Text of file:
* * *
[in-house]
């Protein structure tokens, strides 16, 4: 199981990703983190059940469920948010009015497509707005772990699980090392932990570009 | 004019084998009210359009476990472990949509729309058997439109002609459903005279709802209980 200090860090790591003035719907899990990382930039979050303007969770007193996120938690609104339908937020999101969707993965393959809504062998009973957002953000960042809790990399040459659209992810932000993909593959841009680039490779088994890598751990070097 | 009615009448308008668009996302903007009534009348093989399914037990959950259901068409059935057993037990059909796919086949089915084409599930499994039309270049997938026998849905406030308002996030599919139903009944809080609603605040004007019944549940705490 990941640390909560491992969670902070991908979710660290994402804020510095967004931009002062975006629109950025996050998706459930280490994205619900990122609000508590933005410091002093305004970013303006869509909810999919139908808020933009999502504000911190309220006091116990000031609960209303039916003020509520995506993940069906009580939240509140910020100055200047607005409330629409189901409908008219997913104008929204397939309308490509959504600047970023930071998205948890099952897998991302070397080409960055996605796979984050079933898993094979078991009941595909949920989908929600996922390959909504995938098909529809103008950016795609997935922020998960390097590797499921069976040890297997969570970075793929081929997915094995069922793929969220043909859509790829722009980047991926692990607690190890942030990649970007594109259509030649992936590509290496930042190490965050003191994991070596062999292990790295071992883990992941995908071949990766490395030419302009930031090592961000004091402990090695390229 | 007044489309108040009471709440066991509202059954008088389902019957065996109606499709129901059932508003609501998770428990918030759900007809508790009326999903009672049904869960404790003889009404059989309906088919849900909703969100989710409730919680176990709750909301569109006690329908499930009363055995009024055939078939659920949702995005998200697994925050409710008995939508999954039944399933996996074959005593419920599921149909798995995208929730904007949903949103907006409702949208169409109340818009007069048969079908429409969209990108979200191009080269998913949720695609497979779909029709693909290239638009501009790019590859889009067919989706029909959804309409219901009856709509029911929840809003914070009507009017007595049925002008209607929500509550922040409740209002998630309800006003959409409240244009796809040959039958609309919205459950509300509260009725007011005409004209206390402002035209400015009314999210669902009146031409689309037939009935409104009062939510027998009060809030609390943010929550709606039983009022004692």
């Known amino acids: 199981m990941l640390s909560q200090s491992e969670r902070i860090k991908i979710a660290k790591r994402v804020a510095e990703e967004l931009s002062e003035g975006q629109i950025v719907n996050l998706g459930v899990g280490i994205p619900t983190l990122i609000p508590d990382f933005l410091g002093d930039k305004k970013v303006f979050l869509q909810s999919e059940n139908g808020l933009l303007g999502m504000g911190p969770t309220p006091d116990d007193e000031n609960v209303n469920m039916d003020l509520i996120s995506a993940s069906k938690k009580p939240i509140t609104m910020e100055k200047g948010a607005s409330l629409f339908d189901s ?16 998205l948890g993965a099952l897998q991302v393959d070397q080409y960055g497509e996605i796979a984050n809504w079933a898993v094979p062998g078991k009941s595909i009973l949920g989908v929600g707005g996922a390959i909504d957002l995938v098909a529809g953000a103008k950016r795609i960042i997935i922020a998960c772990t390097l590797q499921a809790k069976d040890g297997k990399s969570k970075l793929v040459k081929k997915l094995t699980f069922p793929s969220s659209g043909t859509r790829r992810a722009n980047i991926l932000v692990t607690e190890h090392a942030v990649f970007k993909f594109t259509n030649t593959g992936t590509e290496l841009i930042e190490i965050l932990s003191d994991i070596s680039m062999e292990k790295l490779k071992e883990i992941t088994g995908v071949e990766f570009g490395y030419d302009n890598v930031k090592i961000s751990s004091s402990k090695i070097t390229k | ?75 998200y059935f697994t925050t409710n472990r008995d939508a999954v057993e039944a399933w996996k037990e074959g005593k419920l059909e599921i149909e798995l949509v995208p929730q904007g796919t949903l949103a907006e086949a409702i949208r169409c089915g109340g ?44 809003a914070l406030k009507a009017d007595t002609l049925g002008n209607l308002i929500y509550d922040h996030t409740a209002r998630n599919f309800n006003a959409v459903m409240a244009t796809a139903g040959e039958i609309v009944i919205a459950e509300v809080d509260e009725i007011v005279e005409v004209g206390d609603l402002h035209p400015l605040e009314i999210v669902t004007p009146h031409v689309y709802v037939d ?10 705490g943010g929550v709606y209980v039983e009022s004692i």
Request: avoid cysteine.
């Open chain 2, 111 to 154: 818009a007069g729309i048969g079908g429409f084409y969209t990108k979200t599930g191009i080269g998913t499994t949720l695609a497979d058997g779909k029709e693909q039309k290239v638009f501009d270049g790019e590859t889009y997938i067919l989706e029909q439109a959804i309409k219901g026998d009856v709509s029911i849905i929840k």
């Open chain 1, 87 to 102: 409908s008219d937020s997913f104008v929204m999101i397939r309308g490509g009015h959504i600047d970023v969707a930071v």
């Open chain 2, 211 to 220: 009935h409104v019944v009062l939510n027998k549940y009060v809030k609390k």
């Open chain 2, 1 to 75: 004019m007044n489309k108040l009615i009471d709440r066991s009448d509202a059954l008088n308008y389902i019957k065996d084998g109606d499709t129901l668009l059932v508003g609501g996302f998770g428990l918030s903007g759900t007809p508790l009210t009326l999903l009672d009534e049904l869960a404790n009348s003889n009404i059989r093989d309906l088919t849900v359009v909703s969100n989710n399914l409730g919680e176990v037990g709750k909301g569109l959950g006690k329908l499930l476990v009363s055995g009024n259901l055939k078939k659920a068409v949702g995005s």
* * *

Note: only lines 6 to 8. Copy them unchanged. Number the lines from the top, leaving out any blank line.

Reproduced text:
């Open chain 1, 87 to 102: 409908s008219d937020s997913f104008v929204m999101i397939r309308g490509g009015h959504i600047d970023v969707a930071v």
């Open chain 2, 211 to 220: 009935h409104v019944v009062l939510n027998k549940y009060v809030k609390k």
């Open chain 2, 1 to 75: 004019m007044n489309k108040l009615i009471d709440r066991s009448d509202a059954l008088n308008y389902i019957k065996d084998g109606d499709t129901l668009l059932v508003g609501g996302f998770g428990l918030s903007g759900t007809p508790l009210t009326l999903l009672d009534e049904l869960a404790n009348s003889n009404i059989r093989d309906l088919t849900v359009v909703s969100n989710n399914l409730g919680e176990v037990g709750k909301g569109l959950g006690k329908l499930l476990v009363s055995g009024n259901l055939k078939k659920a068409v949702g995005s």